These are the key things that would make Gaussian Blur very fast on the GPU:
- Separated horizontal and vertical passes
- Remove tail parts of a large Gaussian number since they contribute next to nothing to the target pixel
- Use binomial coefficients as Gaussian number since binomial coefficients (or Pascal's triangle) is the discrete form of Gaussian function
- Use bilinear sampling from hardware to reduce number of samples you sample from the texture
The first two are quite obvious and so I won't explain them in detail. A good suggestion on how to "chop off" the tails of Gaussian numbers would be anything smaller than 1/255.0 because each channel is likely from 0 - 255. The last two are some what less intuitive. Basically the reason you want to use binomial coefficients is because mathematically, as you get closer to the bottom of the Pascal's triangle, the closer you are to the Gaussian function. In fact, binomial distribution is normal distribution with p = 0.5. To convert back and forth, use:
sigma^2 = 0.25n
mu = 0.5n
where n is the number of terms in the binomial distribution. This tells us, if we want a Gaussian filter with say sigma of 10, we will need 400 term binomial distribution! The center number is actually so large (1.029525991*10^118) that the edge (1/(2.5822498*10^120)) would basically be zero. However, if we apply our threshold of 1/255.0, this suddenly drops from 400 terms to merely 43 terms! So in conclusion, you want to use binomial distribution because:
- The human eye cannot tell the difference between sigma of 1 and 1.75 when blurring with Gaussian. This means we can skip them. This works well in using binomial distribution because we don't need it to be continuous.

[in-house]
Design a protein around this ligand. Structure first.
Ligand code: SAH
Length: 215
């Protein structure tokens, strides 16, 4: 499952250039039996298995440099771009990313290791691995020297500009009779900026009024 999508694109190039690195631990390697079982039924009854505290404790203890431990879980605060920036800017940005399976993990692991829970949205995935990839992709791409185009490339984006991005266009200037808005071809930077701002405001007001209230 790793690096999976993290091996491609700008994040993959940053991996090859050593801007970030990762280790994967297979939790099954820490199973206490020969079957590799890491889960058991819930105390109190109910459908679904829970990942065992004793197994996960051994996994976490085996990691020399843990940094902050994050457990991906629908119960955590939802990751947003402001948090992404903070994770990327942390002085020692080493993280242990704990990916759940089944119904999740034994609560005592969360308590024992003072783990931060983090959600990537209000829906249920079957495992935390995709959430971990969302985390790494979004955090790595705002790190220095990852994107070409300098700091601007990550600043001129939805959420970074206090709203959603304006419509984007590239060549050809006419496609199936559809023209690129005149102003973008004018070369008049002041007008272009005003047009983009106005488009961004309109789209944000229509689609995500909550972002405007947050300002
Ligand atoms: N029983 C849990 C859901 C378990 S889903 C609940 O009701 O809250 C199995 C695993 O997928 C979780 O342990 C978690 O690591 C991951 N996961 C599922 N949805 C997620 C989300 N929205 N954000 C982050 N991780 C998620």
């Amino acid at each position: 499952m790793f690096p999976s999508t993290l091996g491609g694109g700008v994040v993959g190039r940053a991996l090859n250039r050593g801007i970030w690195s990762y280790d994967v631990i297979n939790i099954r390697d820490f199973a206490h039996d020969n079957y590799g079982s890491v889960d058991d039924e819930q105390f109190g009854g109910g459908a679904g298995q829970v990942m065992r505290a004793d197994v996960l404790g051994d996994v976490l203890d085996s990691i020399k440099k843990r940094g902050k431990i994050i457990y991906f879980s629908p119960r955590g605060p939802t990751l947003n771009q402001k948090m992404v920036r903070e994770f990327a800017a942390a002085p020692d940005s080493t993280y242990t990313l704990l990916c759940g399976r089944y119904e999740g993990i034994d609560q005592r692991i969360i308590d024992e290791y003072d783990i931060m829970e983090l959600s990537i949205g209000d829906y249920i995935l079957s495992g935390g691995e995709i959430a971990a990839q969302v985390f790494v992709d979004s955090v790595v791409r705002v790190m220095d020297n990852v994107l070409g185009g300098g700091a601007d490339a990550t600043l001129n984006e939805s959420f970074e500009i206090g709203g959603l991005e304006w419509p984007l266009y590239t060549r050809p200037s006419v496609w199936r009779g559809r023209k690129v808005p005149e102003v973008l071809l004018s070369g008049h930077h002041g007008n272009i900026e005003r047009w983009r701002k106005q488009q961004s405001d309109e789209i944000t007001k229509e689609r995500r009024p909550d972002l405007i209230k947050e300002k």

- You can adjust the number of terms (hopefully with a script) without visually tell a difference between a full-blown Gaussian filter V.S. reduced binomial filter.
- Statically bake these terms into the shader (or code) and therefore no dynamic calculation is needed.
Finally the last optimization is actually a bit harder to explain ... We know that bilinear sampling simply means that the hardware fetch the pixel weighted by their texture coordinates. So if we ask for a color at texture coordinate that's between two pixels, we get 50% of each. The goal is to calculate a texture coordinate such that we get X% of left and Y% of right where X and Y are Gaussian (or binomial) weights.
To actually answer your question, to compute the weighted sample, you calculate the weights (like described above), and then you offset by that number of terms. Say you use 43 terms, that means you offset by 21 pixels left and 21 pixels right of the target pixel. Since we work in texture coordinates, we first calculate how wide each pixel is: (in GLSL)
vec2 texCoordOffset = vec2(1.0, 0.0) / vec2(TEXTURE_WIDTH, TEXTURE_HEIGHT);
//If vertical, the above should be vec2(0.0, 1.0)
vec4 outputColor = vec4(0.0, 0.0, 0.0, 0.0);
for(int i = 0; i < 21; ++i)
outputColor += binomWeights[i] * texture(TEXTURE_0, uv - vec2(1.0, 0.0) * binomOffsets[i]);
outputColor += binomWeights[i] * texture(TEXTURE_0, uv + vec2(1.0, 0.0) * binomOffsets[i]);
The weights are simply 1/sum_of_binomial; For example, a 5 term binomial distribution would be 1, 4, 6, 4, 1 and their sum is 16 so the weights should be: 1/16, 4/16, 6/16, 4/16, 1/16; The texture offsets should be: (2*(1/16) + (1*(4/16)) / (1/16 + 4/16). The 2 represents 2 pixels from target pixel and 1 represents 1 pixels from target pixel. This gives you a number in texture coordinate and in this case it is 1.2; That is if we fetch at 1.2 pixels away from the target pixel (center), we get 80% of pixel that's 1 away from center and only 20% of pixel that's 2 away from center.
I hope this isn't too confusing ...